Slingerland Radio King snare drum – a brief history

Ask many drummers what the ultimate snare drum is, the Holy Grail, the ‘must have’, and you’ll hear the words Radio King. This snare drum has been a best seller since it was introduced and remains highly popular among players and collectors worldwide.

radio_king_banner

I’ll attempt to give a quick history of the drum as well as outline its main features. This snare drum was in production over 4 decades, so as you can imagine there are too many models to discuss here, but hopefully this article will serve as an introduction and you can go and explore a little more.

The Radio King first appeared in the 1936 Slingerland catalogue alongside an announcement that Gene Krupa was their new endorsee. It was a solid shell snare drum, which many believe to be the ultimate when it comes to sound and playability (most modern drums are ply, with the exception of a few custom companies).

The earliest models featured streamlined lugs without inserts, the rods tensioning directly into the lugs, and brass hoops engraved with ‘Slingerland Radio King’. Offered as a metal or wood shell, it is the wood shell drums that are hailed as a timeless classic. By 1938 the lugs had inserts (nicknamed ‘cigar lugs’) and the Gene Krupa model was Slingerland’s bestselling snare drum.

Slingerland1936 catalogue gene krupa.jpg

The solid maple shell featured reinforcement hoops and was fitted with nickel plated hardware, a three point strainer and extended brackets at both strainer and butt end, which the snare wire end plates themselves screwed directly into. All drums were fitted with a two pad muffler, with each pad washer stamped ‘Slingerland, Chicago ILL’.  The felt colour was yellow, red or green. Around 1942 felt pad washers were eliminated and the felt colour became grey. The size of knurled adjustment knob became slightly larger too.

During 1940-42 The Super Radio King was introduced with ‘super lugs’ (referred to as ‘small beavertail’) replacing the cigar shaped lugs and the ‘super strainer’ was introduced (referred to as the clamshell strainer). This strainer was more delicate than the three point, and many don’t like it for that reason, although it remained on drums up until the early 1960’s.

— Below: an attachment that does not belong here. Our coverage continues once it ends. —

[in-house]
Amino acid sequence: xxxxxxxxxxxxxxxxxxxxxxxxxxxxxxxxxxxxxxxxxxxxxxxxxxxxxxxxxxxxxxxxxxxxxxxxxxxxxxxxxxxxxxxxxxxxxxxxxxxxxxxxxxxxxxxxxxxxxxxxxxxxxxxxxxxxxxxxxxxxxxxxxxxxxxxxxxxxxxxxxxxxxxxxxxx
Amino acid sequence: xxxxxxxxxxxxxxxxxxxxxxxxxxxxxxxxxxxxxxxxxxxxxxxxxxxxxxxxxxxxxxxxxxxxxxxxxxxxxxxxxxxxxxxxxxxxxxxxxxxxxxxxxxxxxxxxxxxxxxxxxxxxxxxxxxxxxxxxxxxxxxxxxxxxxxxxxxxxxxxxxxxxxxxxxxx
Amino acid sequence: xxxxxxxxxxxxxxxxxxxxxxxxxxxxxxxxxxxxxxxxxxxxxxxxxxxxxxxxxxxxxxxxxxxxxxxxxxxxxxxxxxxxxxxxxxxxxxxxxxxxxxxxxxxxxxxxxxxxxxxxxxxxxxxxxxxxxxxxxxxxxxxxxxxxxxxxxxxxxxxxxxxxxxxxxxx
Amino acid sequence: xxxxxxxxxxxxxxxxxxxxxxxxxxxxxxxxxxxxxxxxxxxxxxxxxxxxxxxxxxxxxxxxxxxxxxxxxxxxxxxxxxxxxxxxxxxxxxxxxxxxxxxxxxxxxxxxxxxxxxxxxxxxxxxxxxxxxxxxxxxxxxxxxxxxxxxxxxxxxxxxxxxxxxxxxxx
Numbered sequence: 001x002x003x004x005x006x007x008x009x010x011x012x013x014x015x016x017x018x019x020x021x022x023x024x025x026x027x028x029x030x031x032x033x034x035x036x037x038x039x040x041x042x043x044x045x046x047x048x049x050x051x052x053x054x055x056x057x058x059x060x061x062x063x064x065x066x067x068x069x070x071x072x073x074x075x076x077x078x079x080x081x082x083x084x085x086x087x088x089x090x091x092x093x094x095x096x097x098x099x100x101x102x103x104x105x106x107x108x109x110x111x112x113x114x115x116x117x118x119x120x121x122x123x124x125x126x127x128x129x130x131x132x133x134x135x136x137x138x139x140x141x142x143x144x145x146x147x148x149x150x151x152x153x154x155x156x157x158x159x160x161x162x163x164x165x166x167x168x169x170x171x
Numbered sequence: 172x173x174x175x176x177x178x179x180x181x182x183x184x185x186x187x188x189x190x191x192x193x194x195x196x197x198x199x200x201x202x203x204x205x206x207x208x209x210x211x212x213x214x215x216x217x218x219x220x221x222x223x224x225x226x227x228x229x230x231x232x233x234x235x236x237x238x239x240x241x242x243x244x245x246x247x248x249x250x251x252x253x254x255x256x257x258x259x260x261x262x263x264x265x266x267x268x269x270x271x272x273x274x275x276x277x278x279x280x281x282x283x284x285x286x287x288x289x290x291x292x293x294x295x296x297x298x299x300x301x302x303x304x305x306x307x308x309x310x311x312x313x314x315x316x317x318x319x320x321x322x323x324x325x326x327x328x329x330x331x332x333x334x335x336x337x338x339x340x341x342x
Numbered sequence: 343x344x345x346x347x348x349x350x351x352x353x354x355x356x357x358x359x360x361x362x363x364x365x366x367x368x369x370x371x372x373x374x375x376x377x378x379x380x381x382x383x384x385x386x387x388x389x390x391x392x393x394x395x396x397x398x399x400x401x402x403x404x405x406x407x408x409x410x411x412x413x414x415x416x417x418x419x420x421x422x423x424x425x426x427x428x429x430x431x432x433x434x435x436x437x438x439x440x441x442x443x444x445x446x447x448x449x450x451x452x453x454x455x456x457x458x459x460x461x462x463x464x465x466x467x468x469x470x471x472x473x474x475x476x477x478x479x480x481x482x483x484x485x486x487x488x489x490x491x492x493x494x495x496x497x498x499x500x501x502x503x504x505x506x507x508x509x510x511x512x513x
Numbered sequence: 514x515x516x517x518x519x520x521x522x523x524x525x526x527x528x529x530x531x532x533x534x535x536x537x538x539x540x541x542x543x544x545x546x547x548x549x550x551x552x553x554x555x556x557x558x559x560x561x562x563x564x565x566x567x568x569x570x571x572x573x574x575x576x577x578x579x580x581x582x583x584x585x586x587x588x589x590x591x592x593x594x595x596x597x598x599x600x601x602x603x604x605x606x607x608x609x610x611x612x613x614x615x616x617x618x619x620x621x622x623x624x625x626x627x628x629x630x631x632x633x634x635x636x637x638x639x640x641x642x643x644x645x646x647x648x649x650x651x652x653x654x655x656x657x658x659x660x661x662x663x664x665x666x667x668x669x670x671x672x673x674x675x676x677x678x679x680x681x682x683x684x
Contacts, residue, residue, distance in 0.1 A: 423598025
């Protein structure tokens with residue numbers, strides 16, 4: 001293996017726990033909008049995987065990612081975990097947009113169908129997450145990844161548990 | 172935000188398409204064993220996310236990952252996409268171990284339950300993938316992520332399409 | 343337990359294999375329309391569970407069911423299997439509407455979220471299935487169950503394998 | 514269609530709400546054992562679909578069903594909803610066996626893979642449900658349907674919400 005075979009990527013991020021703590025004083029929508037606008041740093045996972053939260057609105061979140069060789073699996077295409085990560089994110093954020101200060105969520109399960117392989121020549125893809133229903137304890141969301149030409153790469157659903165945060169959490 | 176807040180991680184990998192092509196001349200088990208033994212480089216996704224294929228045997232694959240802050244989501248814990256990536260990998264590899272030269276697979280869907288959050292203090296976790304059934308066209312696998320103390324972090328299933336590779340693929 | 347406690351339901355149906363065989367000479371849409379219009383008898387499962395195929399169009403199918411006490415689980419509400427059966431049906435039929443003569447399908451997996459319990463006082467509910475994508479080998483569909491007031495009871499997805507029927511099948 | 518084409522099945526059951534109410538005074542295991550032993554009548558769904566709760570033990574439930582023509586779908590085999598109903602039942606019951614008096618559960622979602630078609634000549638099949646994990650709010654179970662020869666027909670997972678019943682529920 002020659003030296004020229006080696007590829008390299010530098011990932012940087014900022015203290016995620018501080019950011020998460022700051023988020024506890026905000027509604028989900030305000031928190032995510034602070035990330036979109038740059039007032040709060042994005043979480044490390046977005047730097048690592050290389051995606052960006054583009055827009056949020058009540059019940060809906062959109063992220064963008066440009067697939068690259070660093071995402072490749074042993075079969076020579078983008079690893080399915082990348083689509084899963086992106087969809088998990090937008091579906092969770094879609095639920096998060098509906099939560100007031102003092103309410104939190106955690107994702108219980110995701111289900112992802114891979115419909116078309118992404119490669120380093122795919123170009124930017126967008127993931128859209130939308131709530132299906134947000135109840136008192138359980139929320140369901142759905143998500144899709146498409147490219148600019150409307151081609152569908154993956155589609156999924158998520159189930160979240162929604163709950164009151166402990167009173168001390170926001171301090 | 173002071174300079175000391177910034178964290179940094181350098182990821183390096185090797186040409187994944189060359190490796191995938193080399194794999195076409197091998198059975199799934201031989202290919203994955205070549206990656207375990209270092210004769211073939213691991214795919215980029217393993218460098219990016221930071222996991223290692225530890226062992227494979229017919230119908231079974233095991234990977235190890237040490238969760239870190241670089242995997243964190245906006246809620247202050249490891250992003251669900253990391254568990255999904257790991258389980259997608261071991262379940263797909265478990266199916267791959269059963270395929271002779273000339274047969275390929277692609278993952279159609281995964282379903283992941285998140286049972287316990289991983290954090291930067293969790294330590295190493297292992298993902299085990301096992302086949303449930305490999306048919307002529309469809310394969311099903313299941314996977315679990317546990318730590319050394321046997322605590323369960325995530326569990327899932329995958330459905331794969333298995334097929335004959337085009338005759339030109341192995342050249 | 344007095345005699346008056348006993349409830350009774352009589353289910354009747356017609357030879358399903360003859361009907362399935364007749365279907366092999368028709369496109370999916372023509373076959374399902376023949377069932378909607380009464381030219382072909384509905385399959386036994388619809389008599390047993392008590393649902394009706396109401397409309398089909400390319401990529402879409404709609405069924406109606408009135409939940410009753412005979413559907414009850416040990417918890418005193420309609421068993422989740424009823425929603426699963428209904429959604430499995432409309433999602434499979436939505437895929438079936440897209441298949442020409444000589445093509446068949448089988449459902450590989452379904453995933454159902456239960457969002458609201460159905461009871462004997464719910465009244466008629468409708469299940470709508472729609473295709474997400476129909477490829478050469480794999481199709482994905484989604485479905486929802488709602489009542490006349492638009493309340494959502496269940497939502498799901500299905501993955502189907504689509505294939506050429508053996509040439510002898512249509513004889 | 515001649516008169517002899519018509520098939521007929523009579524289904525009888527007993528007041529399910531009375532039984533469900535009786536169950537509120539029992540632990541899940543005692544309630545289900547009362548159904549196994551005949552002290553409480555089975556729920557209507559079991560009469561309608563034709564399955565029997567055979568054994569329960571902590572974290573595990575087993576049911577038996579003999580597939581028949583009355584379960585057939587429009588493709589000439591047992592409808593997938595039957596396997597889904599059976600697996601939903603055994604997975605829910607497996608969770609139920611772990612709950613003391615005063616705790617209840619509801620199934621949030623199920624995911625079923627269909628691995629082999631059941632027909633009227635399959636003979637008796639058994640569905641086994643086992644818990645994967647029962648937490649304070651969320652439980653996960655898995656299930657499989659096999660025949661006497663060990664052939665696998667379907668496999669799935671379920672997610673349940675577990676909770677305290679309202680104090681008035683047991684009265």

Around 1955 the Sound King hardware was introduced with a more modern look and Slingerland stick saver hoops (which curved inwards) were fitted as standard. Radio king remained stamped in hoops until around 1956 and both the three point and clam shell strainer were offered.

radio king blue glitter interior

In the early 1960’s solid shell snares became the artist model. By 1962 the clam shell throw was replaced by the zoomatic and between 1963 and 1966 the Radio King name reappeared on snares. By 1970 the artist model was 3 ply and the Radio King cob had been replaced by the Krupa sound king.

Artist models appeared over the years, such as the Ray McKinley model featuring a wooden hoop with pearl inlays and countersunk claws on the batter side, metal full flanged hoop snare side. The Buddy rich model featured a 3 point strainer and simple butt end and bottom hoop.Slingerland1939 cat

I’ve probably missed loads of information out, but you can read all this in more detail on the web.

Although most companies made solid shell drums in the 20’s and 30’s, most turned to plywood. Slingerland claimed in the 1950’s that they were the only company still manufacturing solid shell snare drums. “Each solid snare shell is hand turned for exact sizing to a perfect circle. It is the strongest and most durable shell made. Makes for easier playing, greater sensitivity of snares and easily controlled power and volume”.

Over the years, the Radio King Snare drum was offered in depths of 5,5.5,6,7 and 8. The Shell interiors are usually pretty rough, and separation/ splits in the reinforcement hoop are common. But these drums sound incredible. You can take a battered Radio King that cosmetically looks well past its time, place it on a snare stand and the magic happens. Most name players have one in their collection for studio work, and these drums provide the backbeat for many classic records in every genre.

In his book on Slingerland drums, Rob Cook states that collectors tend to refer to all solid shell Slingerland snare drums as Radio Kings and to not consider any drum a Radio King, unless it has a one piece as opposed to plied shell. What really distinguished the Radio King models from other Slingerland drums though, he states, were the Radio King Brackets, which drew the tension of the snare wires outward rather than upward. Rob says that the presence of these support brackets on both the strainer and butt plate is a better way to identify a Radio King, as this was part of the basis for the patent.

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2 thoughts on “Slingerland Radio King snare drum – a brief history

  1. What an amazing blog on the radio kings Nick. Love it.

  2. Great blog on radio kings, I’m very happy with your cleanup of my radio king snare, a great improvement to its looks, I would like to say though I haven’t actually had the bearing edges re- cut on this drum, I had simply sanded down one high spot on the bottom edge. I did have the edges redone (keeping to the original profile )on my 60s artist model snare by Gary Noonan as it did need it. I absolutely adore these two snares there is something magical about them, and I hope I never have to sell them!

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